Charles Wilkinson

The Contraction
                                  his third
                                 finger a
                                knot below
                               skin swells
                             in the palm

the grammar of healing gone wrong for what connects
will thicken till nails turn inwards & the claw cannot
grip; no pain —  harm’s in the failure to hold an object
or agree, for no crab will shake on it; the northern
inheritance of the man whose name might mean
Viking’s son, if the contraction’s both the word
& the flesh
                    the incidence highest in Iceland &
Norway; the cause unknown, although they say

what repeats wounds:
 the tennis elbow,
    the housemaid’s knee

as did hard hours white-rowing across cold sea:

power from the shoulders passing the force down

the arms to welt & scar the salt: oh the drumbeat

for dragon-thrust, through spindrift & spume! the rage

 of pillage — & the spread eagle, cage-cracked & rib-red! 

                        here he tears dry skin, for its comfort of hurt,
                        as if returning to the hand that held the oar
                           between havoc & home, with no sight of land
                             or hope of port, when the quest’s forgotten
                               in unresting rhythm running through
                                 the rowlocks, when there are only                            
                                    water’s luminous instants,
                                      where the wake’s forgotten,
                                        & no horizon for a ship in
                                             the long now
                                               of sailing —

Note: Dupuytren’s contraction: a disease that starts with nodules under the skin on the palm.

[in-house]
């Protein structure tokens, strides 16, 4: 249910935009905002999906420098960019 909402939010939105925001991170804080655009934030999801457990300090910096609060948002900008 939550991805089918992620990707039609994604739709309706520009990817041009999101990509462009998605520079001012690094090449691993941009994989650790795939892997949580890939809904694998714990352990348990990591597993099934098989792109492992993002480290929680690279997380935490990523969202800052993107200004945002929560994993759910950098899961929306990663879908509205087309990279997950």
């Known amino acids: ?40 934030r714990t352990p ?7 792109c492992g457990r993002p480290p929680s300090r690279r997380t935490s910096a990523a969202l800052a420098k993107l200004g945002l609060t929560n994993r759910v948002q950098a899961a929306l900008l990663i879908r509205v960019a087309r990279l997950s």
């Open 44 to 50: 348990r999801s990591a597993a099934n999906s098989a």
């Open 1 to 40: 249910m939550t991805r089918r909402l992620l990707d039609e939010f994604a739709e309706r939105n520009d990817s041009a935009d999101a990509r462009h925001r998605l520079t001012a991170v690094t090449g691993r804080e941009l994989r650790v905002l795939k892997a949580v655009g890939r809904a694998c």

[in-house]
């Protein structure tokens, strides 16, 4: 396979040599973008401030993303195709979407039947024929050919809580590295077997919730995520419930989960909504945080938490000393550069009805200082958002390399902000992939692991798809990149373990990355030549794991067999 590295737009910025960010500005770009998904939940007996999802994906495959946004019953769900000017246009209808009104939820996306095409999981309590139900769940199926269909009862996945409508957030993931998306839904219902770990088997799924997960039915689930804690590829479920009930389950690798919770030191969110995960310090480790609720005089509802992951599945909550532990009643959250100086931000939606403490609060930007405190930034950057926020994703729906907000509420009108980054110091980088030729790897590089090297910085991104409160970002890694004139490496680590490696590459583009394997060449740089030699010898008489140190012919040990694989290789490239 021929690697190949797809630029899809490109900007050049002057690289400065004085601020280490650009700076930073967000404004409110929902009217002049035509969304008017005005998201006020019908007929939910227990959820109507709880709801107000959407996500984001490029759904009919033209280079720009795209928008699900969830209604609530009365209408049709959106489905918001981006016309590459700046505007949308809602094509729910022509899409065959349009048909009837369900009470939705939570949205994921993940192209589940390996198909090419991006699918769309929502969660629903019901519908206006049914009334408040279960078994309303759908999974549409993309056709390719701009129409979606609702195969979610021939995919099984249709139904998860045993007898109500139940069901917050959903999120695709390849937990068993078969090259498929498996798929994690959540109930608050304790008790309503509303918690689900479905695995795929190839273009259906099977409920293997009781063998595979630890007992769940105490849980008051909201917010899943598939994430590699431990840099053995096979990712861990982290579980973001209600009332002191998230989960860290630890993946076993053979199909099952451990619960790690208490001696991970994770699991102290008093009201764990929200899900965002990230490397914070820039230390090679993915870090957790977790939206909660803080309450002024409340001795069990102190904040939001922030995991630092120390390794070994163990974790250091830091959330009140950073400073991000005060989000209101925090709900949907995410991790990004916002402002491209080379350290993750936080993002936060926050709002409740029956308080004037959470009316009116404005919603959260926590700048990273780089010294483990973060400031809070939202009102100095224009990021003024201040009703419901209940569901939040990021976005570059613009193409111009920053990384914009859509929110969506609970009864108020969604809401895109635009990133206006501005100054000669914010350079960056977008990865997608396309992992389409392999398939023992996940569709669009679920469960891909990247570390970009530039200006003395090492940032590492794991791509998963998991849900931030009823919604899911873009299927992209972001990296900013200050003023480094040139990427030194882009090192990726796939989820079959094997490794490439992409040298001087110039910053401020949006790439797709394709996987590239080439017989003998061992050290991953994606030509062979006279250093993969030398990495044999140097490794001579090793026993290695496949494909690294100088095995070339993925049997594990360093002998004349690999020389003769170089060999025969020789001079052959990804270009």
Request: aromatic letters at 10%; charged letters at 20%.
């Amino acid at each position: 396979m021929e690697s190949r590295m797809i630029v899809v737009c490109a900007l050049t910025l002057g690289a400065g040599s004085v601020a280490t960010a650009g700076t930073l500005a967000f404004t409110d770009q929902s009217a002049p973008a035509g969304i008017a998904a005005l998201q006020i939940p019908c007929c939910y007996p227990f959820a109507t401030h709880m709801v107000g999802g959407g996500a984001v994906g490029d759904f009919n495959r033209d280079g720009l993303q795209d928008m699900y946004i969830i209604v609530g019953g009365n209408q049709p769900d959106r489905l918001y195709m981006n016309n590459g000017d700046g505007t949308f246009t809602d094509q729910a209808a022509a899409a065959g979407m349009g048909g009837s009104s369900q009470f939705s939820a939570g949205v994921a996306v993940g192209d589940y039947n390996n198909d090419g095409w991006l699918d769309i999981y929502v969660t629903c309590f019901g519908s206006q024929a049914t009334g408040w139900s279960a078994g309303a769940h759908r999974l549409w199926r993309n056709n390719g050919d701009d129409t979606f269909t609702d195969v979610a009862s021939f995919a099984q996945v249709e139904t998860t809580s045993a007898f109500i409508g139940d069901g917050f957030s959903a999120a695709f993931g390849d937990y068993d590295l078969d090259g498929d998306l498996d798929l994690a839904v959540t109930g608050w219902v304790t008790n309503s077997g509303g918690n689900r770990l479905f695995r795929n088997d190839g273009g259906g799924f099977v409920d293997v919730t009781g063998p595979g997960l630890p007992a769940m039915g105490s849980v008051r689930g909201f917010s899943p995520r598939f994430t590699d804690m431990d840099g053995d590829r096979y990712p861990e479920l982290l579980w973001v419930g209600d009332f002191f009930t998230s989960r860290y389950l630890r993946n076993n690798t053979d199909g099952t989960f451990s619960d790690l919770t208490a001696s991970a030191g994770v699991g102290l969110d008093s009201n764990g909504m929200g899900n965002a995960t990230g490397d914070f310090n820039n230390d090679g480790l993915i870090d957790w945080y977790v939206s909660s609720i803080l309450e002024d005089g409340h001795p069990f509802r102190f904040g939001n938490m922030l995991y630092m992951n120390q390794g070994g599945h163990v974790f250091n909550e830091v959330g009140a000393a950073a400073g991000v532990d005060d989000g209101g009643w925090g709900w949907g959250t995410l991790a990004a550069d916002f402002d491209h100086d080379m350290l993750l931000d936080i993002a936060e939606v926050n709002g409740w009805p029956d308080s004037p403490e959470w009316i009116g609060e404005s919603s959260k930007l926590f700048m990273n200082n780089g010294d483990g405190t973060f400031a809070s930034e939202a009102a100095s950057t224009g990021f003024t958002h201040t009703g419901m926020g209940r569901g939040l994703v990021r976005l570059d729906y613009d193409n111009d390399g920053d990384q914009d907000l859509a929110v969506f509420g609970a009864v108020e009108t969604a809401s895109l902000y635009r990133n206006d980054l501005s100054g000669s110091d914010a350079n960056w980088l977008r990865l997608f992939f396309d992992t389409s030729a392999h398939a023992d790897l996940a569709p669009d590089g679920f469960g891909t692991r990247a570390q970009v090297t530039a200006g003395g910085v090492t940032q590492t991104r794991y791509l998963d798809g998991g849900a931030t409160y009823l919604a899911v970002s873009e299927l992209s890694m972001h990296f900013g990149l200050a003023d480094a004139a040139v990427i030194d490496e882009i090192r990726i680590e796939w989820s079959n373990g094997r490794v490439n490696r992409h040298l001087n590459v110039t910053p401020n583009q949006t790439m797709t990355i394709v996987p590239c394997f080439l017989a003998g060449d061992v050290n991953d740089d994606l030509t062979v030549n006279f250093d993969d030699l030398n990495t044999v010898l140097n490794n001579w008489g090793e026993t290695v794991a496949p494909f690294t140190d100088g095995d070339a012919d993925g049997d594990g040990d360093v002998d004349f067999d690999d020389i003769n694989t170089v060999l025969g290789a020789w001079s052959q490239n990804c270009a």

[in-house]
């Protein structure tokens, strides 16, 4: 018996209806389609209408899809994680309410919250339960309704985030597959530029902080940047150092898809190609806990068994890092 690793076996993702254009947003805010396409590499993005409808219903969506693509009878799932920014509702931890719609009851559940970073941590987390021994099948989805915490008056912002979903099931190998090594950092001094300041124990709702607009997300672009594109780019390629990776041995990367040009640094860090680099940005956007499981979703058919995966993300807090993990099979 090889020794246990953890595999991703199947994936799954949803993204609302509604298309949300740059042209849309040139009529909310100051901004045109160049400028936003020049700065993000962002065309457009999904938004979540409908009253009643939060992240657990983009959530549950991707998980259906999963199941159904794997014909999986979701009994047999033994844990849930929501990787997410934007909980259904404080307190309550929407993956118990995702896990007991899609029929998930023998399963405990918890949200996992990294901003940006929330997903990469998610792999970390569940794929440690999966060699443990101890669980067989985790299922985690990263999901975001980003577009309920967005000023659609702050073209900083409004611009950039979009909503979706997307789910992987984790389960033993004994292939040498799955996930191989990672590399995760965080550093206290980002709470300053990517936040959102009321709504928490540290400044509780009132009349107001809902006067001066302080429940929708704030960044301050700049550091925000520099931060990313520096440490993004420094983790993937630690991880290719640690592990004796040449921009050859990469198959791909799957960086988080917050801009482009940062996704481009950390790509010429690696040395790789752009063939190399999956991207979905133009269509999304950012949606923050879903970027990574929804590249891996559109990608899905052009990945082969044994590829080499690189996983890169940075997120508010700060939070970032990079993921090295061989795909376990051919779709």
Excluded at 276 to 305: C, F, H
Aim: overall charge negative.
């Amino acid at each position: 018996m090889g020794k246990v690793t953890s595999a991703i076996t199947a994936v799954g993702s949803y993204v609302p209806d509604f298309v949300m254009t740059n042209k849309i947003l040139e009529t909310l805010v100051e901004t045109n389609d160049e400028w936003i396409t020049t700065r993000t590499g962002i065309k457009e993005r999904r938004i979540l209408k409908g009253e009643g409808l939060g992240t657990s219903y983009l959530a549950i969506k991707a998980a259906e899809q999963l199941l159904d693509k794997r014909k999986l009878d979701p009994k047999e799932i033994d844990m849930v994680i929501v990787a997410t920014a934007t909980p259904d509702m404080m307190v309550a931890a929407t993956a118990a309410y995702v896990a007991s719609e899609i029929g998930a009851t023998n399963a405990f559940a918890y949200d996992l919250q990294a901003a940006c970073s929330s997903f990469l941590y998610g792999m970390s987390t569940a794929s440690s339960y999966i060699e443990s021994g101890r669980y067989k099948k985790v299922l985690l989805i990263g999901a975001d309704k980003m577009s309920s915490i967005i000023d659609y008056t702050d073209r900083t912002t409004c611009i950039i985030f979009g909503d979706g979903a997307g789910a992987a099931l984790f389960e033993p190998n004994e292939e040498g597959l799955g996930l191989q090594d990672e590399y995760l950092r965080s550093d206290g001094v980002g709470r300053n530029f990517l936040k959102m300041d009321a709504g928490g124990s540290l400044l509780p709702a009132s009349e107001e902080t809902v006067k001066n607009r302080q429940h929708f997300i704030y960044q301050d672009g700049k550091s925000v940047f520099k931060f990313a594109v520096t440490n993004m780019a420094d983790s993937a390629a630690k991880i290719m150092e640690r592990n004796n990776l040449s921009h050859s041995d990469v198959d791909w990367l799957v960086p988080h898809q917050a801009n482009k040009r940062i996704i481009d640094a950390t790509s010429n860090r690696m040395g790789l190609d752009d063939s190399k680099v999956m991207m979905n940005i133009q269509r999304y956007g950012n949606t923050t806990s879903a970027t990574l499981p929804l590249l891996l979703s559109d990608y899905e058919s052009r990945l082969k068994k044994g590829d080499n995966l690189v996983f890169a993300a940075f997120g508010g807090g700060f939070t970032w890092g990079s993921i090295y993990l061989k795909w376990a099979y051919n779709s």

In its later stages, it can cause one or more fingers to bend. The condition is sometimes known as Viking hand.

shells strung out on a necklace


     not the tale    
  tainted in the long telling  
but a line attested through spit 
 & the traces in the blood, though  
there’s no locating Eden,  
     the first place   
       for dwelling   

the bowmen’s poison displacing a people with pointed heads

     an island     
 once without a race, the haunt 
for feral boar, yet bones give proof     
of primal Amerindian     
  festival, before the white  
      hands raising   
       of the roofs   

earlier than the arrival, an Arawak adze made from a sharp-lipped shell


    the last of  
 luxuriance: cutting the 
canopies; & the Carribs gone 
or fled; cottoning on to wealth 
   as a good smoke led to land- 
    scapes & the 
     death of trees 

After extinction, the great leap from jungle to farm & garden


    perfect for 
  the white gold: some Portuguese 
advise the Sephardic science 
of sweetness; the coming of the 
  tall true grass spiking the stream;
   a new craft
    making rum 

process of crushed cane, cogs & oak casks producing death at sea


    a loss more 
  than nominal: after the 
Middle Passage, the branding on 
black; at the port of entry Green 
Monkeys from Senegal are 
    all pets for 
      the gentry 

renaming - the right of the masters; elision of language yet sounds lisp both ways 


    the trade winds 
& a hurricane change; old 
flora fading; Great House, poor shacks 
& sugar beet; there’s no shade for 
the Johnny Red Legs’ fair 
    flesh razed raw 
      in the heat 

how the home rhythms last in the beat of dance, the Landship legacy 

     exile is 
  the red robin’s absence &  
 a gain of humming birds, clear skies 
 & killdeer; then strong winds bending 
 palms: incidental music 
   for an em- 
     pire ending 

though first: ‘lick & lock up done wid! Hurrah for Jin-Jin’

   a dry well 
 & the base of a windmill; 
the Great House abandoned 
on the hill top; land sinking to
powder on a swarming beach:
   the sands warm
       & coral pink


     not sea glass 
  or star fish, but shapes cleared 
of death: the huts empty or a 
choice of shells, gaps behind the fans. 
an emblem of voice: the conch 
    held waiting 
      for new breath

these glimpses, seen shifting on the gloss, confirmed in the blood

Note: ‘Sephardic sweetness’ – Portuguese Jews helped the Caribbean planters to perfect the process of making rum

Charles Wilkinson’s recent poems have appeared in Poetry Wales, Poetry Salzburg (Austria), Shearsman, New Walk, Tears in the Fence, Envoi, Otoliths, Futures Trading and other journals. A pamphlet, Ag & Au, appeared from Flarestack Poets. A full-length collection of his poetry is due from Eyewear in 2018.

He lives near mountains in Wales, where the members of the ovine community command the high places and are better looking than the politicians. A Twist in the Eye, his collection of weird fiction and strange tales, is out from Egaeus Press.
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